So what's the answer?

22 March 2006

My work day concluded with an ugly meeting. I suppose it could be argued that there aren't many meetings that are pleasant, but I knew this one would have several riled up teachers---and there were in their frothy state because of the upcoming changes to the district's junior high science program.

When we started the process of scope and sequence in the district last year, we knew that the outcomes wouldn't be popular with everyone. Any increase in science would mean a decrease elsewhere. Teachers' jobs and various programs were on the line. We were not insensitive to that, but the reality is that we have to remain student-centered. As long as our decisions were based on what best serves the needs of kids, we knew we could make the right choices.

But now all of those recommendations are becoming a reality, and the World Languages teachers in our district are finally realizing that some students will no longer have room in their schedules to take those classes in 8th grade. Not only does that impact the program at that end, but also at the senior level. Kids who don't start the sequence at the right time will unlikely be able to take AP level.

I heard a lot today about the college bound kid and how these new requirements would "squeeze" them. That may well be true. But the bottom line is that 100% of the students have to meet the standards in science. At best, 25% of our students enter college and university. And you know what? It's highly unlikely that the 25% is going to be comprised of kids who have to take remedial math, English, and science courses and therefore have no room in their schedules for electives.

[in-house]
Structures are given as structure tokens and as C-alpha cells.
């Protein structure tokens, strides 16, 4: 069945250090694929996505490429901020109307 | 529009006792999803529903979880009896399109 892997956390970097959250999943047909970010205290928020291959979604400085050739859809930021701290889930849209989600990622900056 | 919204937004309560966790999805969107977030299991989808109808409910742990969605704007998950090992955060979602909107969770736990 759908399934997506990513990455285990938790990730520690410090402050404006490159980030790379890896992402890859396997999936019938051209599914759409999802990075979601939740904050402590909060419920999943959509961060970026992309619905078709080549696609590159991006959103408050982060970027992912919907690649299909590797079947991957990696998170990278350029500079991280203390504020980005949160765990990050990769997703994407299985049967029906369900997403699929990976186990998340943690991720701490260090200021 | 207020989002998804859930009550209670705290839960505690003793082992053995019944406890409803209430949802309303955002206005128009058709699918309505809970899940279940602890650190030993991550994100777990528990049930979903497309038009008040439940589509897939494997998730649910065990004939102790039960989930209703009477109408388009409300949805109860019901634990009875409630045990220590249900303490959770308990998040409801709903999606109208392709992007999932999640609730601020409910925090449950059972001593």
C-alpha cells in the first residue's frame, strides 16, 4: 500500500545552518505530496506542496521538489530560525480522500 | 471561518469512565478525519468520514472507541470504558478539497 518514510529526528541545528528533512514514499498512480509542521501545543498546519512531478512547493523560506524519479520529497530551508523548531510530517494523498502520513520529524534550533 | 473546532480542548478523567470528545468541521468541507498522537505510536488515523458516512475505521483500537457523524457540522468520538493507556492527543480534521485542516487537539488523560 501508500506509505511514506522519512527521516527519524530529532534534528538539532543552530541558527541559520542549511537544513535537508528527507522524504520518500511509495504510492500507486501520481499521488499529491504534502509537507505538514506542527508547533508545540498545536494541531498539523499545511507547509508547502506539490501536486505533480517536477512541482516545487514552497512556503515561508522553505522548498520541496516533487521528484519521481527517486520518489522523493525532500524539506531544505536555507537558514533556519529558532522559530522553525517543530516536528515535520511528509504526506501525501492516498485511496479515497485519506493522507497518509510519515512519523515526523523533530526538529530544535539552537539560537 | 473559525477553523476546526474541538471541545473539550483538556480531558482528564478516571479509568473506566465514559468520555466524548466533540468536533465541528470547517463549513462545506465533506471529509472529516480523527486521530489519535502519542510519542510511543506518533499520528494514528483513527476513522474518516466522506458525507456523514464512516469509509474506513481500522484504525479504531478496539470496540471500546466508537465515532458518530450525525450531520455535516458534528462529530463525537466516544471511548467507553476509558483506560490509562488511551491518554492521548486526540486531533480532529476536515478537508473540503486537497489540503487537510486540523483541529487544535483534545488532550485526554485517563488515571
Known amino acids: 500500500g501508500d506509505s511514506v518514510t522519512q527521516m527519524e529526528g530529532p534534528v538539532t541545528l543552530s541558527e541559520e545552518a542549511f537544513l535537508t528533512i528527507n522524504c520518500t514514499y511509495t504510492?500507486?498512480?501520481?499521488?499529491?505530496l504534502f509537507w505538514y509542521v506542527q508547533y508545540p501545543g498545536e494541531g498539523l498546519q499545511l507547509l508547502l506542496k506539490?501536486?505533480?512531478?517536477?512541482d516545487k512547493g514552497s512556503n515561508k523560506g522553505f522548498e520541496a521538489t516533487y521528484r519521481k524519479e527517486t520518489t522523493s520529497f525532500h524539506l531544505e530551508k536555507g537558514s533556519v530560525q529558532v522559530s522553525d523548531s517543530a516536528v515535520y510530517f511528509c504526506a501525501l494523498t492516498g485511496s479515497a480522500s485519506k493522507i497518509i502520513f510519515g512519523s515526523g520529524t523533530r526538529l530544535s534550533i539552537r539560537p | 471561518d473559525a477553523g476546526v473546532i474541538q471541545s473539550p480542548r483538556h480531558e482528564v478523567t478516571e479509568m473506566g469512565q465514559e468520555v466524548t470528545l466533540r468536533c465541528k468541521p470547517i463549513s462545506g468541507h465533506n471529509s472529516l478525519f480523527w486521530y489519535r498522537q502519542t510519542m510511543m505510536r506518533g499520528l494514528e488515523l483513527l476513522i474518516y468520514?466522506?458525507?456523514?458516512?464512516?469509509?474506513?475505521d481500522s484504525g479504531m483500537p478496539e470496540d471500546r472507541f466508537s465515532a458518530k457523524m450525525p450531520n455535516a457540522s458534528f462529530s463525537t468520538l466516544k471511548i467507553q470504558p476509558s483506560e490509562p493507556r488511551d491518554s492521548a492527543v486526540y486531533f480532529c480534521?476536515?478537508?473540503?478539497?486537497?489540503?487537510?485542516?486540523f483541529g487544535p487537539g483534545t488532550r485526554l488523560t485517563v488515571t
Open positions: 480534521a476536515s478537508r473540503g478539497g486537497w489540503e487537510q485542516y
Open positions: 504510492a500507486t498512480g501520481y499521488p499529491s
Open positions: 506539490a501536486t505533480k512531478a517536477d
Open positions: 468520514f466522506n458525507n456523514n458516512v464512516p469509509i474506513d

Meanwhile, adding a zero period or seventh hour option costs (on average) $12K per year because of the way schools are funded. The state provides money for 5 classes per day per kid. We already offer 6. If a kid takes 7, we really are at a budget loss. Or, what if you don't cut one elective program (like World Languages)? If you make it a requirement, too, then you've only shifted the problem of staffing over to another subject area.

What's the answer? What doesn't cost money, make issues for other content areas, and still provides what kids need in order to graduate? I don't know that we had any particular solutions today. I hope that the World Languages' teachers will think about things some more and see what creative ideas they have. I understand their frustration and also why their classes benefit students. But I also know the realities we have to deal with in terms of accountability issues. There just can't be a happy ending for everyone.

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